Description of original award (Fiscal Year 2007, $441,017)
Alzheimer's disease and related dementias currently affect about 5 million older Americans, a majority of which are women. While we know that at least one in twenty older Americans is a victim of elder abuse, mistreatment is even more prevalent in persons with dementia. Persons with dementia are at especially high risk of being mistreated due to a variety of factors, such as behavior problems, memory loss, dependency, and caregiver stress. Sadly, part of their vulnerability is due to loss of credibility. They are often the only witnesses to these abusive events, and yet, because of impaired memory, the veracity of their reports is doubted, negating the possibility of an intervention to stop the abuse, or effort to bring the perpetrators to justice.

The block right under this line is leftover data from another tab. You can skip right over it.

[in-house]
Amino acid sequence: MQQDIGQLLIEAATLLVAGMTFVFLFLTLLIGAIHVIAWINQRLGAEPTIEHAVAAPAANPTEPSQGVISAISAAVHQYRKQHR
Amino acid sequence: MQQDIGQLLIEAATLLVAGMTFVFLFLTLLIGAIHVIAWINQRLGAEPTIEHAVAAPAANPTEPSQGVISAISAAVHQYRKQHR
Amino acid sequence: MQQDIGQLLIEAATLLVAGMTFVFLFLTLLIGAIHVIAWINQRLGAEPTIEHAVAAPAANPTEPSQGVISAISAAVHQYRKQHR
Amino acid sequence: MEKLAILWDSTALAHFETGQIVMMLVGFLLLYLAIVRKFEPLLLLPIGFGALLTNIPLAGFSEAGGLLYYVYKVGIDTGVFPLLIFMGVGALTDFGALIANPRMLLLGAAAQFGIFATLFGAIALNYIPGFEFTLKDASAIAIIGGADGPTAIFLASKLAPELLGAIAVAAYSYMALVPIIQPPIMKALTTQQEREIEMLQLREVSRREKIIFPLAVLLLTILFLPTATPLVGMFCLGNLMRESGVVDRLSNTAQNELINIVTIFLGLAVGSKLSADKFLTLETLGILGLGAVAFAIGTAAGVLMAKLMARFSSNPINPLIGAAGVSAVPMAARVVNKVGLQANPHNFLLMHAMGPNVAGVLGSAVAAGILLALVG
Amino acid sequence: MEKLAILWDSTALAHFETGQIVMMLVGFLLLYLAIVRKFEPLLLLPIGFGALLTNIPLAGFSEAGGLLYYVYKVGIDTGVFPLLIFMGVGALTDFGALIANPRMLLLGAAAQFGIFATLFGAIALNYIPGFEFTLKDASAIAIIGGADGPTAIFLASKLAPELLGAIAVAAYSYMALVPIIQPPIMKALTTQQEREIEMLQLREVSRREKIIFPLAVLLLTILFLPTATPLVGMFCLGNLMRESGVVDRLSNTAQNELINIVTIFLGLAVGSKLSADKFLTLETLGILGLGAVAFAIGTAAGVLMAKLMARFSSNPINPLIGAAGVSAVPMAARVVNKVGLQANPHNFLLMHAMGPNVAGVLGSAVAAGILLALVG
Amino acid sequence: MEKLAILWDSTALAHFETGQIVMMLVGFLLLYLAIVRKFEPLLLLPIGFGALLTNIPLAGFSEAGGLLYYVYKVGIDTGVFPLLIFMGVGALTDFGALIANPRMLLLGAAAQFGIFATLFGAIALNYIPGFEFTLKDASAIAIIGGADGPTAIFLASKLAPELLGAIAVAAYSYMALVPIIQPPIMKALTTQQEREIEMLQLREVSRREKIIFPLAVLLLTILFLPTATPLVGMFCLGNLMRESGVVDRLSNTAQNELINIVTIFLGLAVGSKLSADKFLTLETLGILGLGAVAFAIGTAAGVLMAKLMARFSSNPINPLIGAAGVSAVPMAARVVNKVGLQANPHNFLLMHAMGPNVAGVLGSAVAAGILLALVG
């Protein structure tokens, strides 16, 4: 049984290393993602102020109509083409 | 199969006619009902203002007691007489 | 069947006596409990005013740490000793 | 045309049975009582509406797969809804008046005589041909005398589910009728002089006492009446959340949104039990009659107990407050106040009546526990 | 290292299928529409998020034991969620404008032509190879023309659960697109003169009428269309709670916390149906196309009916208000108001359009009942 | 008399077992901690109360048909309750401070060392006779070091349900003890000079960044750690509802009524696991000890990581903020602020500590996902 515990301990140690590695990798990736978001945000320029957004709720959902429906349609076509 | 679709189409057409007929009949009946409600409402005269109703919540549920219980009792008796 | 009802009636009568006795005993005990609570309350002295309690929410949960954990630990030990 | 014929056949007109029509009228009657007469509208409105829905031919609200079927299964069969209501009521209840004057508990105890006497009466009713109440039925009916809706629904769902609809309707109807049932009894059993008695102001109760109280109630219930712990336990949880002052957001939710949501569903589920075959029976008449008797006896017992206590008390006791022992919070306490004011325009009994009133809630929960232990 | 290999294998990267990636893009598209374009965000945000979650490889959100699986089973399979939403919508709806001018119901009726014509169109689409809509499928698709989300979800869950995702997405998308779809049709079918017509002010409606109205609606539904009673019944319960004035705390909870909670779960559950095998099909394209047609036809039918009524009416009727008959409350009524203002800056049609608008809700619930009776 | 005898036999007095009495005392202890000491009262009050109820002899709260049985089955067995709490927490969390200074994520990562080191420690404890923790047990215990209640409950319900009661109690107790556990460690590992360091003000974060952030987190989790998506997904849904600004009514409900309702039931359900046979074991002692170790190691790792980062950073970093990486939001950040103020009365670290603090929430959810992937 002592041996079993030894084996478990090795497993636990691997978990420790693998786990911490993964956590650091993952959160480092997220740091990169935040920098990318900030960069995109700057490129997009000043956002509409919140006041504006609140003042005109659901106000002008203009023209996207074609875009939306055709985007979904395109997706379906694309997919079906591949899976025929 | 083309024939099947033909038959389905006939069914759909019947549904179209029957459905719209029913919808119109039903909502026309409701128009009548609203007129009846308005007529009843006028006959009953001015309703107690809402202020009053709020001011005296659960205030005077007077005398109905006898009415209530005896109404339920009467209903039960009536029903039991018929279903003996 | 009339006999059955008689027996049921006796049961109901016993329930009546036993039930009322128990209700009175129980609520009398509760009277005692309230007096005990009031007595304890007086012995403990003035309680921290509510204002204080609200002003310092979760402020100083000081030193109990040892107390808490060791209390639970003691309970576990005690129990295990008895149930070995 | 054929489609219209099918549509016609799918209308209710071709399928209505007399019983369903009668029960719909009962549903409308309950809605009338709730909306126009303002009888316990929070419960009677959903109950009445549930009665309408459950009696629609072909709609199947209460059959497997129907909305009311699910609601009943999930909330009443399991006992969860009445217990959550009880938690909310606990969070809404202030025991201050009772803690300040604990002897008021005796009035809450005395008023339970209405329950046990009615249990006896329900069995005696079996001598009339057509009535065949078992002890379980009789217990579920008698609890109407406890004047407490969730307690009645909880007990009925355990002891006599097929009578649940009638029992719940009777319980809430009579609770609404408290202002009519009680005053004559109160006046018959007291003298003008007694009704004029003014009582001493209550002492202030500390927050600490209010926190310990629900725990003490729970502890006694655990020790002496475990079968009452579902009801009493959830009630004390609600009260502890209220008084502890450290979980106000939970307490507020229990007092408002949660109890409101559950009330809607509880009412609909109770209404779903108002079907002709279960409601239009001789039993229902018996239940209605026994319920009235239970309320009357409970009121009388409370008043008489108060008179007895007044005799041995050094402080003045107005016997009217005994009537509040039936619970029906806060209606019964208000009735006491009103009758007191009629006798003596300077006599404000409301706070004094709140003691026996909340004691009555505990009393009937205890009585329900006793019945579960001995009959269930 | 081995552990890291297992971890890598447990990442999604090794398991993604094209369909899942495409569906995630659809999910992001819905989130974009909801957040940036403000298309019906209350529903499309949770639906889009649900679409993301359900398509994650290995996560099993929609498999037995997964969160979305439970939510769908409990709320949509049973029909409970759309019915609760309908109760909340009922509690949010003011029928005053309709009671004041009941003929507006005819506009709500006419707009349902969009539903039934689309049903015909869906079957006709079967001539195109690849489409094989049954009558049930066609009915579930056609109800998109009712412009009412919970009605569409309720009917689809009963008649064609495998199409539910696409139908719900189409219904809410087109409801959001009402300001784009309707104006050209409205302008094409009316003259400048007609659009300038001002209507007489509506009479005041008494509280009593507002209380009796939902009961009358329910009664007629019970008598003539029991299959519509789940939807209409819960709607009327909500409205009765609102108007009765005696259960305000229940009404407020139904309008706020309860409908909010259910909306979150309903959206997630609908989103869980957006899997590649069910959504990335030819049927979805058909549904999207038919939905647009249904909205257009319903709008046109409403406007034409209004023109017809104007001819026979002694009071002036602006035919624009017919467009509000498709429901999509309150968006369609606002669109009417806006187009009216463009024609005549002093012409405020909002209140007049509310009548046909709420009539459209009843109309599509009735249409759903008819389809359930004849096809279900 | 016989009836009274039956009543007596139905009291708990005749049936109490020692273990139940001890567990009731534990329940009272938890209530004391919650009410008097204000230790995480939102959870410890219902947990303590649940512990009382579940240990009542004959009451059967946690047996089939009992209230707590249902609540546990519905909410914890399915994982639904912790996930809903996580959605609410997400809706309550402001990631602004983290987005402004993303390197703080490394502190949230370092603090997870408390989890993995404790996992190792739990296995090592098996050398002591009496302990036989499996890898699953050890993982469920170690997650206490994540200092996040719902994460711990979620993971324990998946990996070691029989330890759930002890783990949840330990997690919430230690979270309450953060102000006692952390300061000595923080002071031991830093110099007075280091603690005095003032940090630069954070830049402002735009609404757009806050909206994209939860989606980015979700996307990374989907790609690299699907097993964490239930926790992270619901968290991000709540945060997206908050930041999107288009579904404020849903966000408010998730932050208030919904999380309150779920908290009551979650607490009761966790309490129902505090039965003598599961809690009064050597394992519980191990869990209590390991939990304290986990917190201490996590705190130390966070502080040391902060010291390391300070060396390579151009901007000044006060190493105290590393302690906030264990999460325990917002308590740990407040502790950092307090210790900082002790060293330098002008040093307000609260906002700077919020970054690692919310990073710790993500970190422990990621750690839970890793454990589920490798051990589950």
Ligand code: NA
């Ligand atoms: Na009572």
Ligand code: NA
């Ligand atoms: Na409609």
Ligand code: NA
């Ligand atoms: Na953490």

Research has shown that people with dementia retain some ability to recall events that carry an emotional impact. The applicant's clinical and research experiences with this population demonstrate that abusive events may be salient to people with dementia, and that certain behaviors and characteristics enhance their credibility as historians. For example, someone in the early stages of the disease who is not experiencing psychotic symptoms and who is able to relate convincing details about the event, may be able to serve as a credible witness. Yet, to date, no systematic research has been conducted to identify the characteristics of a demented person associated with reliable accounts of emotional experiences. The applicants propose a cross sectional study of a population of people with dementia and a control group, in which the Geriatric Life Events Scale will serve as the basis for a structured interview to determine their credibility as witnesses to recent autobiographical events. The accuracy of these events will be independently verified by a previously identified, non-demented informant, most typically a family caregiver. In addition, both members of the dyad will be interviewed to assess other characteristics of the person with dementia, such as disease stage and neuropsychiatric symptoms.
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